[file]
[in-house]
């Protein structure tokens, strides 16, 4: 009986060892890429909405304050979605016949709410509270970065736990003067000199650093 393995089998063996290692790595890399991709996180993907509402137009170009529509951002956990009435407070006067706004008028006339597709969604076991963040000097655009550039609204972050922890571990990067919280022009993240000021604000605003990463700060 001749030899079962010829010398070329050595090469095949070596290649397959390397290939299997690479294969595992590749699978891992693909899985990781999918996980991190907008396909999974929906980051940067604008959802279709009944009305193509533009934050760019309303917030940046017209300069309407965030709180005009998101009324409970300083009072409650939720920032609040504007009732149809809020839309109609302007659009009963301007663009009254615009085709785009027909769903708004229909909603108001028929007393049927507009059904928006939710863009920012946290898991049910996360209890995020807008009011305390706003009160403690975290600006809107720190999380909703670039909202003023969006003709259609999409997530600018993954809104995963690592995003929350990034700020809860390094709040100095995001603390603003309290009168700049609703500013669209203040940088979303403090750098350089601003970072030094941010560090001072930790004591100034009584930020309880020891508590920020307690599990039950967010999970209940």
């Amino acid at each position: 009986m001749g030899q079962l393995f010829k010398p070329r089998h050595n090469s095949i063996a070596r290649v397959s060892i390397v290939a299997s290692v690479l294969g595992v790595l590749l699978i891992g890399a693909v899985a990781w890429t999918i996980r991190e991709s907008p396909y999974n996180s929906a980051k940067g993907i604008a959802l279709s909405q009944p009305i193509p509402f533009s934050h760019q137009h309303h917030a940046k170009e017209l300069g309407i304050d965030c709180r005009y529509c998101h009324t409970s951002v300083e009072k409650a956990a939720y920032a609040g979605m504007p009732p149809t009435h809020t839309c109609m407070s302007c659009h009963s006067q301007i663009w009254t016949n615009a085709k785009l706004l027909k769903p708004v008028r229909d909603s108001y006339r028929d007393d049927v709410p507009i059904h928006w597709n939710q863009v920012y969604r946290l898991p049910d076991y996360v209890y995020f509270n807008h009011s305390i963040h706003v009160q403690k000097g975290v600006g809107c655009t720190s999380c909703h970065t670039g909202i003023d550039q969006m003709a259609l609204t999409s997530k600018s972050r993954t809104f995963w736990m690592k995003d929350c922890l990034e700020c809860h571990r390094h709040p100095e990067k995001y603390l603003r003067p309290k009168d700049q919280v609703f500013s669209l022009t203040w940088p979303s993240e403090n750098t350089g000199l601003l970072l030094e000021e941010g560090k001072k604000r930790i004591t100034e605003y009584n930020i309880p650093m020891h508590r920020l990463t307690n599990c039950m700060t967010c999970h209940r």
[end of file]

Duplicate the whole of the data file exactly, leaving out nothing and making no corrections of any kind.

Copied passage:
[in-house]
């Protein structure tokens, strides 16, 4: 009986060892890429909405304050979605016949709410509270970065736990003067000199650093 393995089998063996290692790595890399991709996180993907509402137009170009529509951002956990009435407070006067706004008028006339597709969604076991963040000097655009550039609204972050922890571990990067919280022009993240000021604000605003990463700060 001749030899079962010829010398070329050595090469095949070596290649397959390397290939299997690479294969595992590749699978891992693909899985990781999918996980991190907008396909999974929906980051940067604008959802279709009944009305193509533009934050760019309303917030940046017209300069309407965030709180005009998101009324409970300083009072409650939720920032609040504007009732149809809020839309109609302007659009009963301007663009009254615009085709785009027909769903708004229909909603108001028929007393049927507009059904928006939710863009920012946290898991049910996360209890995020807008009011305390706003009160403690975290600006809107720190999380909703670039909202003023969006003709259609999409997530600018993954809104995963690592995003929350990034700020809860390094709040100095995001603390603003309290009168700049609703500013669209203040940088979303403090750098350089601003970072030094941010560090001072930790004591100034009584930020309880020891508590920020307690599990039950967010999970209940």
């Amino acid at each position: 009986m001749g030899q079962l393995f010829k010398p070329r089998h050595n090469s095949i063996a070596r290649v397959s060892i390397v290939a299997s290692v690479l294969g595992v790595l590749l699978i891992g890399a693909v899985a990781w890429t999918i996980r991190e991709s907008p396909y999974n996180s929906a980051k940067g993907i604008a959802l279709s909405q009944p009305i193509p509402f533009s934050h760019q137009h309303h917030a940046k170009e017209l300069g309407i304050d965030c709180r005009y529509c998101h009324t409970s951002v300083e009072k409650a956990a939720y920032a609040g979605m504007p009732p149809t009435h809020t839309c109609m407070s302007c659009h009963s006067q301007i663009w009254t016949n615009a085709k785009l706004l027909k769903p708004v008028r229909d909603s108001y006339r028929d007393d049927v709410p507009i059904h928006w597709n939710q863009v920012y969604r946290l898991p049910d076991y996360v209890y995020f509270n807008h009011s305390i963040h706003v009160q403690k000097g975290v600006g809107c655009t720190s999380c909703h970065t670039g909202i003023d550039q969006m003709a259609l609204t999409s997530k600018s972050r993954t809104f995963w736990m690592k995003d929350c922890l990034e700020c809860h571990r390094h709040p100095e990067k995001y603390l603003r003067p309290k009168d700049q919280v609703f500013s669209l022009t203040w940088p979303s993240e403090n750098t350089g000199l601003l970072l030094e000021e941010g560090k001072k604000r930790i004591t100034e605003y009584n930020i309880p650093m020891h508590r920020l990463t307690n599990c039950m700060t967010c999970h209940r």